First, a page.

Women’s Balcony: Darkly Humorous Critique of Patriarchy from Israel (Women in Film)

A mishap at a Jerusalem synagogue causes a major rift in a devout community, in the poignant Israeli film, The Women’s Balcony, a darkly humorous feminist critique of rigid patriarchal power.

What begins as a joyous celebration turns into disaster, when a women’s balcony at an Orthodox synagogue collapses during a bar mitzvah party, injuring a number of people and leaving the senior rabbi in a state of shock.

Stepping in to assume authority in the face of crisis, the young and charismatic Rabbi David (Avraham Aviv Alush) first appears as a savior. But his fundamentalist ways divide the close-knit Sephardic congregation along gender lines, as the self-righteous interloper insists that the accident is a divine warning against female non-conformity.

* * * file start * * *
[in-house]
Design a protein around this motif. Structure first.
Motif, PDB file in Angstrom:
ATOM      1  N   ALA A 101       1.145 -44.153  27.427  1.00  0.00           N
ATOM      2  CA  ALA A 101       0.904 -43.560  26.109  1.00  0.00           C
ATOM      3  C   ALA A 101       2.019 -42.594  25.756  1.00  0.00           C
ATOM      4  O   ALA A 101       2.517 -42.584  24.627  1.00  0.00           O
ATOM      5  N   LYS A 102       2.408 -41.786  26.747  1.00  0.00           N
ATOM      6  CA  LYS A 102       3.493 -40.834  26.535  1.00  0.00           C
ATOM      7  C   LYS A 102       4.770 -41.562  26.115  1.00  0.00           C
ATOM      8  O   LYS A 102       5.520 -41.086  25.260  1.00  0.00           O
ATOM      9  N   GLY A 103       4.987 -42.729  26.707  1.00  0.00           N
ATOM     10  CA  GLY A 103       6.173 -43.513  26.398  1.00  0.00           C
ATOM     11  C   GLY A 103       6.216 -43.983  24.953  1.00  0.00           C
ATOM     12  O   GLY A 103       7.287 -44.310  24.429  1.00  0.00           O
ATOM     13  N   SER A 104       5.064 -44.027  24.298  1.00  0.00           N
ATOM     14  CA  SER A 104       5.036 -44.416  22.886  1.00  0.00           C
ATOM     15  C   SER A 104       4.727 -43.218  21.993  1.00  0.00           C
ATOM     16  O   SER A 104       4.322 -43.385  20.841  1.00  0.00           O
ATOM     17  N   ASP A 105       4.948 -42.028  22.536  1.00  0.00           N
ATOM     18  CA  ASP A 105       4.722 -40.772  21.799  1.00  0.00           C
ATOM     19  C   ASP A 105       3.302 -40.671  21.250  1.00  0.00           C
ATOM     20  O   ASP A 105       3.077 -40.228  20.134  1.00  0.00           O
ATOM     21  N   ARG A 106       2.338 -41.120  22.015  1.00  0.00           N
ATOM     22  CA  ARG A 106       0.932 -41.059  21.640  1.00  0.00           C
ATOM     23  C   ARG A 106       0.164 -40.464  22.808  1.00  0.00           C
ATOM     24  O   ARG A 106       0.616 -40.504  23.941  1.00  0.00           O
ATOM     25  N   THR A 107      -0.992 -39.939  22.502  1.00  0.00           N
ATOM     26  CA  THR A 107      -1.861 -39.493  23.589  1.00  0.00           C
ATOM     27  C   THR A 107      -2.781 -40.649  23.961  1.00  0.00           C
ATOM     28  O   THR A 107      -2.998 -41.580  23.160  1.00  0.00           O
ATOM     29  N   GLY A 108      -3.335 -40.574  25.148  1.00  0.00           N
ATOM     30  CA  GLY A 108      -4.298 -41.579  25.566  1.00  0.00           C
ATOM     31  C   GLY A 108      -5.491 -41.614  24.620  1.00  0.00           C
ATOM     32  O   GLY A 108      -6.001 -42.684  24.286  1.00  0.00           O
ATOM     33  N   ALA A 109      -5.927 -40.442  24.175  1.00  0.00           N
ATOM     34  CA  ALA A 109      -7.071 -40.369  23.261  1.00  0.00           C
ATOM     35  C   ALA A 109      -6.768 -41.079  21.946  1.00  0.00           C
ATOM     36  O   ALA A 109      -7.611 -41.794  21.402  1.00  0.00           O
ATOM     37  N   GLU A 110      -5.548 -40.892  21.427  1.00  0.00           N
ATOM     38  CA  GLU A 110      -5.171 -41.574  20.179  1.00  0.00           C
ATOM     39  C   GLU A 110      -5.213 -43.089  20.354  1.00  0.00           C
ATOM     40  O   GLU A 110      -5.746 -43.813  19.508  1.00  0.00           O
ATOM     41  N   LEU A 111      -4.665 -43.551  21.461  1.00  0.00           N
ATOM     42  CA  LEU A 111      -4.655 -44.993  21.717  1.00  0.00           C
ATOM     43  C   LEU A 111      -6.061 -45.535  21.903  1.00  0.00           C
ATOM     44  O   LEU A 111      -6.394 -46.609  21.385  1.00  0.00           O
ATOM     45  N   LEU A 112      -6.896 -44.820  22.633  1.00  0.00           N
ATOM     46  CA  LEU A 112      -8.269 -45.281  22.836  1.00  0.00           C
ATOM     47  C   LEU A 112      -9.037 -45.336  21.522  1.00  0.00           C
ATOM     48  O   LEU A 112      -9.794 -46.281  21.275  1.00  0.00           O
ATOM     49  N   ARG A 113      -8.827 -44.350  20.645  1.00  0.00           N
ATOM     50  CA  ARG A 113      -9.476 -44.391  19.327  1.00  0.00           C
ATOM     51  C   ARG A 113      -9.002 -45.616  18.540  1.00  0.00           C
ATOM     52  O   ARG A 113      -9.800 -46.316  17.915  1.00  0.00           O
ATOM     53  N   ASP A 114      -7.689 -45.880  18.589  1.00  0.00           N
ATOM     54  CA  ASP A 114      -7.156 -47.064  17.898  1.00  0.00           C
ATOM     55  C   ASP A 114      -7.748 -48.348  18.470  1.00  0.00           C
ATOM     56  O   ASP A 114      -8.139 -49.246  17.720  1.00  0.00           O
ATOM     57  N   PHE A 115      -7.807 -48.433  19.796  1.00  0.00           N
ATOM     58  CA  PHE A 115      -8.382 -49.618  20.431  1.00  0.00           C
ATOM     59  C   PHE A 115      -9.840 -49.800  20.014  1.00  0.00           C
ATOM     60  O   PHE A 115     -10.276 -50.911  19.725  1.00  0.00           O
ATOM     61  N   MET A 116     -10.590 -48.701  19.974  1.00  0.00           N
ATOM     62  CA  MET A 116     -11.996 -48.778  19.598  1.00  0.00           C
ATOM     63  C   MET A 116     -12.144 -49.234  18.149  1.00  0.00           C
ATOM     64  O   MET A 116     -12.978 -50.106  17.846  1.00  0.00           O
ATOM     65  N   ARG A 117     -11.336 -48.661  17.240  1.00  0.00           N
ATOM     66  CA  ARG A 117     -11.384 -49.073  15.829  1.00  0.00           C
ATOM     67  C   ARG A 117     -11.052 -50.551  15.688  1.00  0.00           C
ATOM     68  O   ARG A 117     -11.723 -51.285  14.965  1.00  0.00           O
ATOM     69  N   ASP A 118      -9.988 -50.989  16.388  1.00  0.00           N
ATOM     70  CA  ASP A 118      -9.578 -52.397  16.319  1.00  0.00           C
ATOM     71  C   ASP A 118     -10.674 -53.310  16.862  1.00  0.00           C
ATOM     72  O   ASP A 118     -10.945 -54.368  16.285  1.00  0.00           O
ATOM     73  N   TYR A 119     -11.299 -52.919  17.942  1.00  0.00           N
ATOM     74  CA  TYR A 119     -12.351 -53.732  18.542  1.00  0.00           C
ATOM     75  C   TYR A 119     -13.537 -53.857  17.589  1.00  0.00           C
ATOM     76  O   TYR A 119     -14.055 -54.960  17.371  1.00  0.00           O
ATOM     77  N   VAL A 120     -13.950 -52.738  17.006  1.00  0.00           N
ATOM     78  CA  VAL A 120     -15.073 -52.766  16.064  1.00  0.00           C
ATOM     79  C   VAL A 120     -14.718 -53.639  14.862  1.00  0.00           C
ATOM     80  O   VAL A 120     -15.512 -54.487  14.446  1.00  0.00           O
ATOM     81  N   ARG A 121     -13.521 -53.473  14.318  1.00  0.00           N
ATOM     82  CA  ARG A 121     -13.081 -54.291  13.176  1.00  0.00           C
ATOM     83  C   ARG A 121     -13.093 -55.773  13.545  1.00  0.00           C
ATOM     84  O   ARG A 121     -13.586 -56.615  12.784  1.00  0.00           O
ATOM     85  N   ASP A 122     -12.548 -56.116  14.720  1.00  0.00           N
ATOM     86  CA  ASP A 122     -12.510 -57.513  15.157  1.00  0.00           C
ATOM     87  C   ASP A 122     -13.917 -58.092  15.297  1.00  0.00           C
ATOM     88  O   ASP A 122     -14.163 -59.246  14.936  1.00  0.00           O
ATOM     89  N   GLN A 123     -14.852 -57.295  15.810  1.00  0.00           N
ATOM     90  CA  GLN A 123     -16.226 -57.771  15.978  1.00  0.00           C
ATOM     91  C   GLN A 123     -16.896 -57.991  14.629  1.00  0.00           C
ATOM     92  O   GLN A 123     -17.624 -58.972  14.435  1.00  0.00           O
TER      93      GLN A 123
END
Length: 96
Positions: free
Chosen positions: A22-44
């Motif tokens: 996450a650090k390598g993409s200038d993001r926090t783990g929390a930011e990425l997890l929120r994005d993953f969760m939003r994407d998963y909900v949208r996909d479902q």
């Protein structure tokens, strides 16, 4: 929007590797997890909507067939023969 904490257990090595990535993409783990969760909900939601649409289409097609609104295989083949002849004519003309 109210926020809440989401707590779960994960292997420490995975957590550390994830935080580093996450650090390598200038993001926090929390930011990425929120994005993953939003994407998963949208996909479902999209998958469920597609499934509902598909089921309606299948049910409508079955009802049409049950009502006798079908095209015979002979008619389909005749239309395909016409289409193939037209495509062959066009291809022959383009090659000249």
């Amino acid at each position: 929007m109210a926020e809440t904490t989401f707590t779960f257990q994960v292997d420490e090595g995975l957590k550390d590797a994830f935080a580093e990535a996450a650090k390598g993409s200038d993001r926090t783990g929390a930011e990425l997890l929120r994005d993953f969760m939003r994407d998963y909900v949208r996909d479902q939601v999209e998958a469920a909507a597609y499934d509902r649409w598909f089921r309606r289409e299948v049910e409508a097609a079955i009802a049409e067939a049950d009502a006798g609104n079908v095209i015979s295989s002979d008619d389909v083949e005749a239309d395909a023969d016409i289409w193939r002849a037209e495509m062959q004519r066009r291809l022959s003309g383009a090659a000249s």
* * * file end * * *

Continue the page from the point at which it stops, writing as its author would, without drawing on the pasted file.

A battle of the sexes ensues, threatening to tear apart families and friends, including husband- and-wife congregational stalwarts Zion and Ettie (Igal Naor and Evelin Hagoel, who lead a fine ensemble cast).

Infused with characters and big-hearted humor, The Women’s Balcony is made by first-time filmmaker Emil Ben Shimon and screenwriter Shlomit Nechama, who fashion a compassionate portrait of modern Orthodoxy, where unity and love are rekindled by a rebellious and progressive spirit.

The film was nominated for five Ohir Awards (the Israeli Oscar), including Best Supporting Actor and Actress (Avraham Aviv Alush and Orna Banai).



Running time: 96 minutes